Gundam hasn't been around in the United States for about a year and a half now. It got pulled about halfway through Gundam Seed in 2004. The reasons are pretty varied. Ultimately, slow sales are the answer, but as to what caused those slow sales, after Gundam Wing got off to such an incredible start in 2000, well -- there's a lot of theories. Some wonder if the oddball names of Mobile Suit Gundam in 2001 threw it off. It's a lot easier to ask for a Wing Gundam or a Tallgeese than it is to try to figure out how to pronounce "Jagd Doga", never mind the alphanumeric mess that tended to precede a lot of these names. Some think the weirdness of G-Gundam in 2003 helped bring about Gundam's demise, but I tend to disagree with that. If any Gundam line should have been kid-friendly, it was this one.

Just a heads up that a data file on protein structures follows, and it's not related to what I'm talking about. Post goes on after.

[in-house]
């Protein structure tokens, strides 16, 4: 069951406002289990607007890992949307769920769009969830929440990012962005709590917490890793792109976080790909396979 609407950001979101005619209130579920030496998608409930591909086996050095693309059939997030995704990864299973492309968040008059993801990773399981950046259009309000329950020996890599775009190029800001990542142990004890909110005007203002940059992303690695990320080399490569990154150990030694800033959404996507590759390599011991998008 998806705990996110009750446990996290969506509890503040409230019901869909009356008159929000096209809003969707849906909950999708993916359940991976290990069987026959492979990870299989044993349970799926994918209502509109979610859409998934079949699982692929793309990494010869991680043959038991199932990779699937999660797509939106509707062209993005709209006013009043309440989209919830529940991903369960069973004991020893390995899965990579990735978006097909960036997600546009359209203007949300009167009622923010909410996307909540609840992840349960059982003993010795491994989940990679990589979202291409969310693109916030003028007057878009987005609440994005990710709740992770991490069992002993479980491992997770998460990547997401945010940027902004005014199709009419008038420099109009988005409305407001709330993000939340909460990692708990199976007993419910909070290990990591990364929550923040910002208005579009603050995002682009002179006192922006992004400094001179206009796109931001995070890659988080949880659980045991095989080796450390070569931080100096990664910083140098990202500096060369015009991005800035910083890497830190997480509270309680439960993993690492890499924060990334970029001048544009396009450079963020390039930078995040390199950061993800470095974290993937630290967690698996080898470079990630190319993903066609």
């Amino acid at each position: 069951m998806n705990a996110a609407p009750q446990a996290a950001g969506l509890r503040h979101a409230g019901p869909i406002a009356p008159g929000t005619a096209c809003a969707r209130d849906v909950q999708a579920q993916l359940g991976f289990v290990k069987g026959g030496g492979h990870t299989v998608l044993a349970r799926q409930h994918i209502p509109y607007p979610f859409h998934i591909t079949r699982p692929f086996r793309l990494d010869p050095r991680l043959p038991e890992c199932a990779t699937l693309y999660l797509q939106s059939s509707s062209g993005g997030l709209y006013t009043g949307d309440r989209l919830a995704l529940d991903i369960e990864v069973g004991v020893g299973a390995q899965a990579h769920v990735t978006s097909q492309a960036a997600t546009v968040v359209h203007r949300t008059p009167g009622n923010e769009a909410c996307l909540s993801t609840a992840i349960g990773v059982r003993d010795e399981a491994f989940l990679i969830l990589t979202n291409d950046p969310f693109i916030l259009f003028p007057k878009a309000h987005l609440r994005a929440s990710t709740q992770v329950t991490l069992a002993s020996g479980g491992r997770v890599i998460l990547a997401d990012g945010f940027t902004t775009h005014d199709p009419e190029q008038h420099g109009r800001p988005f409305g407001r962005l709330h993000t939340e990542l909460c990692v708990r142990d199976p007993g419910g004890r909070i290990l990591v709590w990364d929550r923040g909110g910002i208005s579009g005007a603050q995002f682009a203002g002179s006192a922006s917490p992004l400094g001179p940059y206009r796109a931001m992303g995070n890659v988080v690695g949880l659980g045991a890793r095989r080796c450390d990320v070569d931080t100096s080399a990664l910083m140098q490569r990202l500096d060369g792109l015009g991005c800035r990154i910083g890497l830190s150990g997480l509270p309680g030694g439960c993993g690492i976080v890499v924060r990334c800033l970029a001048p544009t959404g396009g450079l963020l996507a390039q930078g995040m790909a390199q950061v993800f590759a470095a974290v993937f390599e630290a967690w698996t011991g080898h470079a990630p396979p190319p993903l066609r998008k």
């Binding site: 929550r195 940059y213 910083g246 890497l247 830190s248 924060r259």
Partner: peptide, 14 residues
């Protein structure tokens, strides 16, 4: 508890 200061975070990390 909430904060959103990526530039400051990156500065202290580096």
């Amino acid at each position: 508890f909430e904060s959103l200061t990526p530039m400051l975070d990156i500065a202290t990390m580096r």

For what it's worth, I tend to blame three factors: The horrible Battle- Scarred figures that all tended to look pretty much alike -- and they all looked miserable; the ridiculous SD Gundam line; and the fact that Bandai has never considered the action figures a priority for Gundam. They prefer to sell the (more expensive) figural KITS. That may work in Japan. It doesn't fly here in America. The kits bombed, and Bandai didn't care enough about the toys to keep them going.
However, Gundam action figures, known as "Mobile Suit in Action", do continue in Japan. Presently the emphasis is on Gundam Seed Destiny, the sequel series to Gundam Seed, and the most recently produced Gundam animated series. And herein we have our new purple Mobile Suit.